For economical research it has been obvious for long times that “raising monetary incentives increases [work] supply” (Frey and Jegen, 2001, p.590) and that “a well-established result of most standard hidden action models is that higher incentives, ceteris paribus, lead to higher performance” (Pokorny, 2006, p.251). In other words: according to theory, paying higher incentives by the principal has to lead to higher motivation and effort by the agent and through this to a higher performance. Caused by this elementary economical law, research focused on the relationship between extrinsic motivation (especially rewards) and performance or effort. At the same time, intrinsic motivation has not been considered as impacting overall performance and therefore, it was seen as a right-shift of the supply curve as an exogenously amount of work is added (Frey, 1997, p.428). Newer theoretical perspectives include intrinsic motivation into consideration and model extrinsic motivation effects (e.g. Frey, 1997; Frey and Oberholzer-Gee, 1997; Bénabou and Tirole, 2003).
Motivation Crowding Theory
As solely extrinsic motivation has been relevant for economists to define the optimization problems of a principal-agent contract, the style of optimal incentive-compatible contracts disregarded the factor of intrinsic motivation. This perception was partly confuted by the Motivation Crowding Theory, which generates the link between intrinsic motivation and Agency Theory (Herpen et al., 2005, p.307).
The implication of this is a possible intrinsic motivation crowding-out due to improper extrinsic motivation which is followed by a decreasing effort, although the amount of incentives has been raised. An illustration of the crowding-out effect and the price effect on individual effort in consequence of increasing incentives can be found in Figure 3, where those effects are illustrated and the interference on the overall effort an agent spends is drawn.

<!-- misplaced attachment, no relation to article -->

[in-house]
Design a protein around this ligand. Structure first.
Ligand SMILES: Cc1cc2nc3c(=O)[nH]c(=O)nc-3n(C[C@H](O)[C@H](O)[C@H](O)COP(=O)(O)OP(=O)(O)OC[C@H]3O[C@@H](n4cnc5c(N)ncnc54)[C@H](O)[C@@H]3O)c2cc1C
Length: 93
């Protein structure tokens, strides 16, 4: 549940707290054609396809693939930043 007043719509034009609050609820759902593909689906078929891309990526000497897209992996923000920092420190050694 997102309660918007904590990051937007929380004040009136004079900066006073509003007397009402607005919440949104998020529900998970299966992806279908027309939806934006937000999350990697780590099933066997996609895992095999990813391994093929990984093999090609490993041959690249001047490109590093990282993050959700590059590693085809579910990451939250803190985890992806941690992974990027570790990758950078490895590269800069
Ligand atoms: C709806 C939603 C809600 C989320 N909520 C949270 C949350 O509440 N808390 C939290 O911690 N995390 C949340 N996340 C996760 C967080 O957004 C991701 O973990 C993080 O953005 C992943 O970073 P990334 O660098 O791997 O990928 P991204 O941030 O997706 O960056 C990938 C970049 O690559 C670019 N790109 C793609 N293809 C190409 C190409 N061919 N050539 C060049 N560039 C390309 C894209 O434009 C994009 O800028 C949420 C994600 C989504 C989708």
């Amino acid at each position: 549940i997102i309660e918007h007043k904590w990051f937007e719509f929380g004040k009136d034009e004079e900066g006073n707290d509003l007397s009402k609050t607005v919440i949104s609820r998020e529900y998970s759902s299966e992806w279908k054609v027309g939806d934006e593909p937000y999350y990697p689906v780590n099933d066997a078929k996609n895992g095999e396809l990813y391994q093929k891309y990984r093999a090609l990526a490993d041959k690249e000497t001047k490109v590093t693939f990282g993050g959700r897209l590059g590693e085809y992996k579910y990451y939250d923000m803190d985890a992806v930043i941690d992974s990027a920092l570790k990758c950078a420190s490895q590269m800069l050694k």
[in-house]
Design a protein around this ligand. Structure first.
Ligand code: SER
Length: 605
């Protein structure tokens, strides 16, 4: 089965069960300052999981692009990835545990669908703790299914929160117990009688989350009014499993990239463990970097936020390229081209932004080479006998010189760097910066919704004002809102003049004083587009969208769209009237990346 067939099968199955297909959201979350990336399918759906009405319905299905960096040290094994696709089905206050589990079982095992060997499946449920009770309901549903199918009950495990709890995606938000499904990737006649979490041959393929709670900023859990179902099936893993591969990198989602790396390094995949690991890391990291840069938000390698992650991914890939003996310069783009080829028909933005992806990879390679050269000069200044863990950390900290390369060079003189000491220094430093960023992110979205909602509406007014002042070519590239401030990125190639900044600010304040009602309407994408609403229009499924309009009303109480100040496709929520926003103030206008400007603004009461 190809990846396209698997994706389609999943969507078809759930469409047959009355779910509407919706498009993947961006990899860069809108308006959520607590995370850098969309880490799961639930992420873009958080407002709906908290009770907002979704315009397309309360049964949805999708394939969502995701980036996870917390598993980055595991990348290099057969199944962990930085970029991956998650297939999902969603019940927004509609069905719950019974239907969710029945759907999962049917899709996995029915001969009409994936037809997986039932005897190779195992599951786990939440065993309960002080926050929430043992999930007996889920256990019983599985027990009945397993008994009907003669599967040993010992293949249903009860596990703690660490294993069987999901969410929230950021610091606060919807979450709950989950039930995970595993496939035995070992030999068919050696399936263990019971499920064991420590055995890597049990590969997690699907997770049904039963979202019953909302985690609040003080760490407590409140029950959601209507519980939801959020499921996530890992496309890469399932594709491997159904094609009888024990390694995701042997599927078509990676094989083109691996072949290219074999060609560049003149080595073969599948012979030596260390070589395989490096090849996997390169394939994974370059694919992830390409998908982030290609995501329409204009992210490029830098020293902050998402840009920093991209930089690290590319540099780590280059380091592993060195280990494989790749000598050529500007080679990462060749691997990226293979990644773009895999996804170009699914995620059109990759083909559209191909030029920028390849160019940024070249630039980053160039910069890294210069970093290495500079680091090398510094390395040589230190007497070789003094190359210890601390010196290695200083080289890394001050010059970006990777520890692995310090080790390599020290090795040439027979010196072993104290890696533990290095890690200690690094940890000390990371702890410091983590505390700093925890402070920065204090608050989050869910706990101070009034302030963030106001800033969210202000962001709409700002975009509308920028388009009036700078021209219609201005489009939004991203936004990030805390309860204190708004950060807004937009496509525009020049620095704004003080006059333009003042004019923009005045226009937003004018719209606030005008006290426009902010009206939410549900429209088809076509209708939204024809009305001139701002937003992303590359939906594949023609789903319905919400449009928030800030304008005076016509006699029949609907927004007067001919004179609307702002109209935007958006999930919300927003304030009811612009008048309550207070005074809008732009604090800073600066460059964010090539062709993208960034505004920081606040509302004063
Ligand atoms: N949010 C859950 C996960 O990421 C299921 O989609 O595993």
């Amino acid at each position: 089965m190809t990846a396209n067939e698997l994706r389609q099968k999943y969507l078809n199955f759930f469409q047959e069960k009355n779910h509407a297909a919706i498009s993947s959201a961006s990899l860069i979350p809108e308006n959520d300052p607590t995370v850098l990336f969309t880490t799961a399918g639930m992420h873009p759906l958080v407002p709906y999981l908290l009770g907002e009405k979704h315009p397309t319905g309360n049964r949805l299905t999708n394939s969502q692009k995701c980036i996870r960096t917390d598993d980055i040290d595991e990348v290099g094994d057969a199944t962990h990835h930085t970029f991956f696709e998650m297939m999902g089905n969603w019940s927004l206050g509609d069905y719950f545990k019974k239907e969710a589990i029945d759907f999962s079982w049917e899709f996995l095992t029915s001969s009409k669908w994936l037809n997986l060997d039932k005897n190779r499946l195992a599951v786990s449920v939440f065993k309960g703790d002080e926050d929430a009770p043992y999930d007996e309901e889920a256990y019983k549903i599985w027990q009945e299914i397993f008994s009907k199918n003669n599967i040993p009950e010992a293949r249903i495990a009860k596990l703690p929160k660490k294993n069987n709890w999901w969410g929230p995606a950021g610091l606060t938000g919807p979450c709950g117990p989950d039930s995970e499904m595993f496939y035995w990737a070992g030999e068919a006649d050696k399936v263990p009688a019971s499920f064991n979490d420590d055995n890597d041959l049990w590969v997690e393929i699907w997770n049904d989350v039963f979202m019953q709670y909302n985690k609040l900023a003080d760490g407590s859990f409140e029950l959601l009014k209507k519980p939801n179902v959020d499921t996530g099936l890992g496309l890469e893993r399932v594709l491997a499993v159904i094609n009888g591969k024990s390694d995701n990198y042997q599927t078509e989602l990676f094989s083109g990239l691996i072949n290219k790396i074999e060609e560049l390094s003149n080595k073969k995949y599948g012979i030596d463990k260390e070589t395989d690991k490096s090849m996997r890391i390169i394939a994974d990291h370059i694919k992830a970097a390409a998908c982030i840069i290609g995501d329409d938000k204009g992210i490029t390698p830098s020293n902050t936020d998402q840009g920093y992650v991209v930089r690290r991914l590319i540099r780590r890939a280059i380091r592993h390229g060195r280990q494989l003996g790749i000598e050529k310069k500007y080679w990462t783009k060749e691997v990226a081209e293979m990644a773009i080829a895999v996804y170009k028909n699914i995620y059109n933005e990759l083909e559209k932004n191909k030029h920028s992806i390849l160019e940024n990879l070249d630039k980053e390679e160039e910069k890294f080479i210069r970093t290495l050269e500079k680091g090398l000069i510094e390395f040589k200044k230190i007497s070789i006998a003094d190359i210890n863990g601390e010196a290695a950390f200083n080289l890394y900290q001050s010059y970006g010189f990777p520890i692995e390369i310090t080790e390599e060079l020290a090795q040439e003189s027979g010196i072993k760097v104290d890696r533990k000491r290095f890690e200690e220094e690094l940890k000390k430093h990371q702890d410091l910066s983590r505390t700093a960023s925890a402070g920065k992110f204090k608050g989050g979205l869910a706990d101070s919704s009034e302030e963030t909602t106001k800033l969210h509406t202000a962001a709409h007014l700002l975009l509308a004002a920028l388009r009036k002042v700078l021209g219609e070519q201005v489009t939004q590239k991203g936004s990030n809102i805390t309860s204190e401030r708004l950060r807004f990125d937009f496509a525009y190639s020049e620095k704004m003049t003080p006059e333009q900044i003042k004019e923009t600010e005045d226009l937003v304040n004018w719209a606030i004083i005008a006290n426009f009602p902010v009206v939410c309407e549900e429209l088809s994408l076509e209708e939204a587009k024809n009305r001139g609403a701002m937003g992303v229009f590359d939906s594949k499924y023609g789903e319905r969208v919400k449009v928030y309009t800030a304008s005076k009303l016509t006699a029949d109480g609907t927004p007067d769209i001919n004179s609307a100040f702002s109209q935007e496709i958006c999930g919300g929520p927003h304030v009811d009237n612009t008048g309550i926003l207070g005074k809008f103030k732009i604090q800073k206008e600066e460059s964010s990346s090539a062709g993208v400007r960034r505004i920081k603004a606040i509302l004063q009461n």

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Figure 3: Illustration of the Crowding-Out Effect of Intrinsic Motivation
In economic theory, two major reasons for the decreasing performance caused by the introduction of extrinsic motivation factors have been identified. First, a change in preferences and second, a change in the perceived nature of the performed task, in the task-environment or in the actor’s self-perception (compare Frey and Jegen, 2001, p.592).
The theory of changes in preferences was introduced by Frey (1997), who combined the psychological and the economical view on individual performance and managed (as one of the first economists) to bring both disciplines together. The intention is the existence of a possibility for an individual’s preference change, which is followed by a motivation crowding-out or likewise a motivation crowding-in. Frey states, that this effect can appear in every task where intrinsically motivation is present. As a result “the relative price effect of monetary compensation is not questioned in any way, but this measure becomes less effective when crowding-out is considered” (Frey and Oberholzer-Gee, 1997, p.754).
He identified two reasons for the occurrence of motivation crowding. The first one is a high intrinsic motivation by the agent before an extrinsic motivation factor is applied, and the second one is the presence of the conditions for crowding-out of intrinsic work motivation (Frey, 1997, p.431). The high work moral (or intrinsic motivation) can for instance be achieved through interesting tasks, a personal relationship between the principal and the agent or/and a higher participation possibility of the agent (p.431). Frey identified four conditions which systematically influence the way to perceive external interventions by the agent (p.432). First, differing effects of rewards and commands: The agents feel a certain amount of freedom in their intensity of responding through the application of rewards, as agents might appreciate rewards to be less restrictive to their self-determination than commands. Second, the more a reward is contingent on the performance, the more strongly the locus of control is shifted from intrinsic to extrinsic incentives and the more intrinsic motivation is crowded out. Third, dependent on the extent of differentiation made between all agents, an agent perceives the principals intervention to be controlling or informing. Fourth, the more strongly an external intervention implies an acknowledgement of the agent’s high intrinsic motivation, the more strongly it fosters work moral.